This project will study the early pathogenesis of scrapie and bovine spongiform encephalopathy (BSE) in sheep and mice, with emphasis on the uptake and accumulation of the prion protein (PrP), and infectivity in the gut-associated and peripheral lymphoid tissues and its relevance to neuroinvasion. The transport of PrP across the mucosa of the gut and the interaction of disease-associated PrP with leukocytes, FDCs and nerves will be studied in novel systems such as isolated intestinal loops, surgical micro-infection, B-cell depleted sheep and transgenic mice over-expressing ovine PrP. The consequences of accumulation of PrP in lymphoid tissues for neuroinvasion and the development of a carrier state will be assessed. A better understanding of the early pathogenesis of scrapie and BSE in sheep will contribute the detection of the pre-clinical disease and in developing future control and eradication strategies.
The objectives of the project are to:
1) investigate the role of mucosal transport systems and the involvement of gut-associated lymphoid tissues in the uptake and passage of scrapie and BSE across the intestinal mucosa
2) study key cellular events in peripheral lymphoid tissues related to the establishment of scrapie and BSE infection, and their influence on neuroinvasion, immunomorphology and infectivity
3) evaluate the implications of early peripheral pathogenesis of scrapie and BSE for the carrier state and control strategies.
Progress to Date
In WP1, analysis of material from the gut loop experiments revealed that inoculum was present initially in the lacteals of the villi rather than the dome of the Peyer's patch, suggesting transcytosis of scrapie across non-GALT sites rather than GALT sites of the gut mucosa (Deliverable No. 4). However, this material also demonstrated replication of the scrapie agent 30 days after inoculation but only in susceptible sheep and only at GALT sites (Deliverable No. 5). The results of these studies are in preparation for publication. The limited detection of inoculum in gut loop experiments was investigated further through a series of experiments addressing the pre-digestion of homogenates of scrapie and normal brain using samples of alimentary juices. The Western blot study suggested that the predigestion process removes all normal PrPc and a substantial fraction of PrPres but does not completely digest all of it under conditions of digestion used in this study. These results support the limited detection of PrP by immunohistochemical techniques previously reported. An investigation of gut loops in sheep with resistant PrP genotypes (Milestone No. 8) was performed and examination of this material has shown that both susceptible and resistant PrP genotypes take up the inoculum during the first 2 hours following inoculation (Milestone No. 9). These studies have contributed new information on the transcytosis of scrapie inoculum and PrPd distribution in the gut mucosa of resistant sheep (Deliverable No. 9)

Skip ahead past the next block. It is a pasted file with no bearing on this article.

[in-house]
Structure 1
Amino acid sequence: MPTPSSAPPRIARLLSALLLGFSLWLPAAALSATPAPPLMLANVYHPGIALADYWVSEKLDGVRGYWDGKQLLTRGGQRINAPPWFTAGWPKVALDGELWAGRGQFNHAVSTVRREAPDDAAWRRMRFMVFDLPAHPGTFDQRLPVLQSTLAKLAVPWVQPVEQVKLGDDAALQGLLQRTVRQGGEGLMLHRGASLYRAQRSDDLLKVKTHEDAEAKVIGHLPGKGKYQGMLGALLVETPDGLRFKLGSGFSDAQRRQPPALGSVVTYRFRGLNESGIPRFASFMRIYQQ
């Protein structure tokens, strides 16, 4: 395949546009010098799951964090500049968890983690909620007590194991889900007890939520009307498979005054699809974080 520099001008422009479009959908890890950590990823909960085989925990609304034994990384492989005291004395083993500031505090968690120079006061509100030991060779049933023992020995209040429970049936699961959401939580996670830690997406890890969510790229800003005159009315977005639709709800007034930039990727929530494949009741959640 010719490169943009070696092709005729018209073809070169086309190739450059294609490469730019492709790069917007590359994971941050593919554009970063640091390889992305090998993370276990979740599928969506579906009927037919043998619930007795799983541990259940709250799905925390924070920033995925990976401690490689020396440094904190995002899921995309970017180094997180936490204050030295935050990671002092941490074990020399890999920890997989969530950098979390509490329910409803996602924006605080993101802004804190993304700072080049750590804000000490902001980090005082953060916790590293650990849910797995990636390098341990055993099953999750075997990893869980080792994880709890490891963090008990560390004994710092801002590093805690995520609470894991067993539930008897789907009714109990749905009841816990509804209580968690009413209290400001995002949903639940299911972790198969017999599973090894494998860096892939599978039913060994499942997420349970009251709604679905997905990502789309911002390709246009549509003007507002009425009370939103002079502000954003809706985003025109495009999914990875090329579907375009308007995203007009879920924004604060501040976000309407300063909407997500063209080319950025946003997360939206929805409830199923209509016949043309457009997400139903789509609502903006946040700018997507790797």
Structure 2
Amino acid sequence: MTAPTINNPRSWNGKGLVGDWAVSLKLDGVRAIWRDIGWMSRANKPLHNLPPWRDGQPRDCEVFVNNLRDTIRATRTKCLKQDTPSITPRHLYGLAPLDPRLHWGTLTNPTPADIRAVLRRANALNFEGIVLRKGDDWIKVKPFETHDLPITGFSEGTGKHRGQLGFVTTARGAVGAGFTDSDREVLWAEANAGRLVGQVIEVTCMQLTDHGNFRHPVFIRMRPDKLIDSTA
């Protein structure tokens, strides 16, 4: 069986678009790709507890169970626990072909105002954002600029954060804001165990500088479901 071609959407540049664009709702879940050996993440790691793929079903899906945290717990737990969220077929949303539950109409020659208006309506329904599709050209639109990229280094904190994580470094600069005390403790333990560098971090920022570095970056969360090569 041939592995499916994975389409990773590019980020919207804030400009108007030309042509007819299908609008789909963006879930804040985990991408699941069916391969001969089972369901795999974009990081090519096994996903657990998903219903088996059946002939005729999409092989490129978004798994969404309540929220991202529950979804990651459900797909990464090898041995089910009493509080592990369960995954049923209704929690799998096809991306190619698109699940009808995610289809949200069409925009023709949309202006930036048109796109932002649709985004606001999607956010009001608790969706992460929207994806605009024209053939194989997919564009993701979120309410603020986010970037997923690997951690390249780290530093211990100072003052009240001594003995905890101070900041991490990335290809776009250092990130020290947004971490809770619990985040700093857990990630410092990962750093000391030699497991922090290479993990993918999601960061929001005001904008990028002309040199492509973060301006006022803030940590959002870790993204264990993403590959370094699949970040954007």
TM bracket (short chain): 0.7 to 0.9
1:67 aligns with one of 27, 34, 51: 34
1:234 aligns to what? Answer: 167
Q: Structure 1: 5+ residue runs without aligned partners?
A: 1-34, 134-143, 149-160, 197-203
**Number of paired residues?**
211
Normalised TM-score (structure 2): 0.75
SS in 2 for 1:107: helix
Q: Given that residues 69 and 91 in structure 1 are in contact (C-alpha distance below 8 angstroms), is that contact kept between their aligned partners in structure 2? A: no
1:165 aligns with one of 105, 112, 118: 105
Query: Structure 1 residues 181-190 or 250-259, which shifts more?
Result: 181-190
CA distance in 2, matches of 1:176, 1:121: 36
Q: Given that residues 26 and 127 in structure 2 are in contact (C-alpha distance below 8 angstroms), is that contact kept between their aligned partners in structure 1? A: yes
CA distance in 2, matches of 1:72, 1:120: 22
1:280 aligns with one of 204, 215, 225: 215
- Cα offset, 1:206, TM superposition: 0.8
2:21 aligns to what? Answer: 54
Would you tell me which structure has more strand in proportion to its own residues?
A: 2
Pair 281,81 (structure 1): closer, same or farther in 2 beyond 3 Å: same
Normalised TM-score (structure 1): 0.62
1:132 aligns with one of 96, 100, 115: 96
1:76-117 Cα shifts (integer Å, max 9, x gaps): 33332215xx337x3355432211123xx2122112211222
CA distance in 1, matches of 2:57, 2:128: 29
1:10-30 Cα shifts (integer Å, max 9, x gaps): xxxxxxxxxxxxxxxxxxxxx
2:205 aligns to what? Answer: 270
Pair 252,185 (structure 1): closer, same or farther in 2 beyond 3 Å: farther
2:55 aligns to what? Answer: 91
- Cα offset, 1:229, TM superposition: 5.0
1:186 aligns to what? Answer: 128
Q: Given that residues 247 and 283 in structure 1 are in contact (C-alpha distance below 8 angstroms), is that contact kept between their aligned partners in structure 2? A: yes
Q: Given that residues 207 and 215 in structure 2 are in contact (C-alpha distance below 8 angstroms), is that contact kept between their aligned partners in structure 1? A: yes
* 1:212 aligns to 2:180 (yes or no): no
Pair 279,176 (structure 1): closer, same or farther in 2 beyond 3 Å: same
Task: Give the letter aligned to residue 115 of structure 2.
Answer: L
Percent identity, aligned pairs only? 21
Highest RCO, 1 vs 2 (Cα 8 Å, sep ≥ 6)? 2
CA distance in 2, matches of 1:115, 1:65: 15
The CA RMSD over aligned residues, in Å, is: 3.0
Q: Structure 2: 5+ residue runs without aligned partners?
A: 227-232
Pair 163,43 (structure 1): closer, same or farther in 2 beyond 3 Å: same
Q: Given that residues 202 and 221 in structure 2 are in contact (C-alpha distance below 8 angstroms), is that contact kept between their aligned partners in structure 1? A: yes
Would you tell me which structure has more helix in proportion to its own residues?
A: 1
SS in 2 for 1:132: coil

In WP2, the third inoculations of Norwegian white sheep for the investigation of the temporal distribution of PrPd were performed (Milestone No. 26) and the planned necropsies and tissue sample collections were undertaken (Milestone No. 28). The assessment of the influence of PrP genotype on the distribution and accumulation of PrPd, particularly in sheep with less susceptible or resistant PrP genotypes is in progress. A simple and quick biopsy technique has been developed for use in live animals and biopsies collected from sheep with experimental and natural scrapie were used to demonstrate PrPSc using immunohistochemistry, an ELISA test and Western blotting. The morphometric examination of B-cell follicles has shown that follicle size, percentage of T-cells and percentage of proliferating cells were not significantly different in scrapie-infected lambs compared with normal lambs. The investigation of further parameters is in progress.
In WP3, the birth of VRQ/ARR lambs in the spring of 2004 (Milestone No. 31) enabled further experimental infection studies to be performed. Five lambs were experimentally inoculated with scrapie either at the intra-abdominal sites of the rumen wall and spleen or in the prescapular lymph node (Milestone No. 32).
In WP4, the selection and the source of samples to be inoculated into transgenic mice were discussed among the Partners at the third annual co-ordination meeting. It was agreed that tissues from experimental scrapie infected sheep would be transferred from the laboratories of Partner 2 to Partner 4 (Milestone No. 39). Subsequently a transgenic mouse bioassay designed by Partner 4 would be initiated using the frozen distal jejunal lymph node material (Milestone No. 40).
ANIMALS, HUMAN HEALTH AND WELLBEING, GENOMICS
Scientist responsible for the project
Mr JON TEIGE
Ullevaalsveien 72 Box 8146
Norway - NO
Phone: +47 22964500
Fax: +47 224764
||NORWEGIAN SCHOOL OF VETERINARY SCIENCE
||01 December 2001
||1 927 534 €
|Total EC contribution
||1 368 742 €